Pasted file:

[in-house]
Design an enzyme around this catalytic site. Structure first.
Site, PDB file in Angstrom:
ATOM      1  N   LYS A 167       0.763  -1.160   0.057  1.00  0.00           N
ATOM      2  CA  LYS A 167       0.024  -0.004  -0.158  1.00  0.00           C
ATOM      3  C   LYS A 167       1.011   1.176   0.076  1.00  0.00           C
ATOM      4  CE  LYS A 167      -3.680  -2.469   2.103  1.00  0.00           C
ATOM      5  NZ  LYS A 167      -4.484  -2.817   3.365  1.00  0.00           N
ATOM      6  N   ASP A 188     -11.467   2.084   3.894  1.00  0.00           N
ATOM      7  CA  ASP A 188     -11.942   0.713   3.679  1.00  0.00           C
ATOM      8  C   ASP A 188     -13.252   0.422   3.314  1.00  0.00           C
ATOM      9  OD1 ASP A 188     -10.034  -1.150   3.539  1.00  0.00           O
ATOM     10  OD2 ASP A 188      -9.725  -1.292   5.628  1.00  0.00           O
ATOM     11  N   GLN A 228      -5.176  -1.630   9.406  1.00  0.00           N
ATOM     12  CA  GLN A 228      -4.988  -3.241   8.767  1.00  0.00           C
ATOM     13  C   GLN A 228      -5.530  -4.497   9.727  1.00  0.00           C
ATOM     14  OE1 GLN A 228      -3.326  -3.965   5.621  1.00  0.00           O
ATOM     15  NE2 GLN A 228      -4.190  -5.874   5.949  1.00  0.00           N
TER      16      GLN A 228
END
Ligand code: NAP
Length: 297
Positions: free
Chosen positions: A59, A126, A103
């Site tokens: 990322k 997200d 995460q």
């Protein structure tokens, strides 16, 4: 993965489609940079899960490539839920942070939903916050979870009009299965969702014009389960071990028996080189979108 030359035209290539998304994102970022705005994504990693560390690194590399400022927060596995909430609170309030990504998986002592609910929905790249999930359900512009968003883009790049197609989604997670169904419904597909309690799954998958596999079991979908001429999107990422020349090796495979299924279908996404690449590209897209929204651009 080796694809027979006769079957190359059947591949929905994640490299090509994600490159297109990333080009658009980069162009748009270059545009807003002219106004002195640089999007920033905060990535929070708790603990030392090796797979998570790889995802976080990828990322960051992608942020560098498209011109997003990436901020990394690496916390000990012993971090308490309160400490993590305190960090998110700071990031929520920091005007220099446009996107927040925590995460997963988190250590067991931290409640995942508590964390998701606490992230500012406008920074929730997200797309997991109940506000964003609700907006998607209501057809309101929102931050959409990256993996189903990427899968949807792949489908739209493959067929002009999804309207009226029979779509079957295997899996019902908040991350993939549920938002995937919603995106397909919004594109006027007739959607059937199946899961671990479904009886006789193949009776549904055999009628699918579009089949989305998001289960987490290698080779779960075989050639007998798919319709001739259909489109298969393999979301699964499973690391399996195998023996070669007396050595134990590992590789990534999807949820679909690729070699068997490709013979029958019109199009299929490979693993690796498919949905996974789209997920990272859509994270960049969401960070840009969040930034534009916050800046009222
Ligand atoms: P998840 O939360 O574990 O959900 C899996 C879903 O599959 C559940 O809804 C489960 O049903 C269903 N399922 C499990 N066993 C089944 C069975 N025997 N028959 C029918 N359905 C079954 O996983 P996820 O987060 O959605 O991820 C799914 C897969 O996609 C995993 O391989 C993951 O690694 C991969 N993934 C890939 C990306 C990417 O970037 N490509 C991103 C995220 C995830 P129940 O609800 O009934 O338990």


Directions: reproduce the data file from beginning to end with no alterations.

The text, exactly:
[in-house]
Design an enzyme around this catalytic site. Structure first.
Site, PDB file in Angstrom:
ATOM      1  N   LYS A 167       0.763  -1.160   0.057  1.00  0.00           N
ATOM      2  CA  LYS A 167       0.024  -0.004  -0.158  1.00  0.00           C
ATOM      3  C   LYS A 167       1.011   1.176   0.076  1.00  0.00           C
ATOM      4  CE  LYS A 167      -3.680  -2.469   2.103  1.00  0.00           C
ATOM      5  NZ  LYS A 167      -4.484  -2.817   3.365  1.00  0.00           N
ATOM      6  N   ASP A 188     -11.467   2.084   3.894  1.00  0.00           N
ATOM      7  CA  ASP A 188     -11.942   0.713   3.679  1.00  0.00           C
ATOM      8  C   ASP A 188     -13.252   0.422   3.314  1.00  0.00           C
ATOM      9  OD1 ASP A 188     -10.034  -1.150   3.539  1.00  0.00           O
ATOM     10  OD2 ASP A 188      -9.725  -1.292   5.628  1.00  0.00           O
ATOM     11  N   GLN A 228      -5.176  -1.630   9.406  1.00  0.00           N
ATOM     12  CA  GLN A 228      -4.988  -3.241   8.767  1.00  0.00           C
ATOM     13  C   GLN A 228      -5.530  -4.497   9.727  1.00  0.00           C
ATOM     14  OE1 GLN A 228      -3.326  -3.965   5.621  1.00  0.00           O
ATOM     15  NE2 GLN A 228      -4.190  -5.874   5.949  1.00  0.00           N
TER      16      GLN A 228
END
Ligand code: NAP
Length: 297
Positions: free
Chosen positions: A59, A126, A103
């Site tokens: 990322k 997200d 995460q």
């Protein structure tokens, strides 16, 4: 993965489609940079899960490539839920942070939903916050979870009009299965969702014009389960071990028996080189979108 030359035209290539998304994102970022705005994504990693560390690194590399400022927060596995909430609170309030990504998986002592609910929905790249999930359900512009968003883009790049197609989604997670169904419904597909309690799954998958596999079991979908001429999107990422020349090796495979299924279908996404690449590209897209929204651009 080796694809027979006769079957190359059947591949929905994640490299090509994600490159297109990333080009658009980069162009748009270059545009807003002219106004002195640089999007920033905060990535929070708790603990030392090796797979998570790889995802976080990828990322960051992608942020560098498209011109997003990436901020990394690496916390000990012993971090308490309160400490993590305190960090998110700071990031929520920091005007220099446009996107927040925590995460997963988190250590067991931290409640995942508590964390998701606490992230500012406008920074929730997200797309997991109940506000964003609700907006998607209501057809309101929102931050959409990256993996189903990427899968949807792949489908739209493959067929002009999804309207009226029979779509079957295997899996019902908040991350993939549920938002995937919603995106397909919004594109006027007739959607059937199946899961671990479904009886006789193949009776549904055999009628699918579009089949989305998001289960987490290698080779779960075989050639007998798919319709001739259909489109298969393999979301699964499973690391399996195998023996070669007396050595134990590992590789990534999807949820679909690729070699068997490709013979029958019109199009299929490979693993690796498919949905996974789209997920990272859509994270960049969401960070840009969040930034534009916050800046009222
Ligand atoms: P998840 O939360 O574990 O959900 C899996 C879903 O599959 C559940 O809804 C489960 O049903 C269903 N399922 C499990 N066993 C089944 C069975 N025997 N028959 C029918 N359905 C079954 O996983 P996820 O987060 O959605 O991820 C799914 C897969 O996609 C995993 O391989 C993951 O690694 C991969 N993934 C890939 C990306 C990417 O970037 N490509 C991103 C995220 C995830 P129940 O609800 O009934 O338990």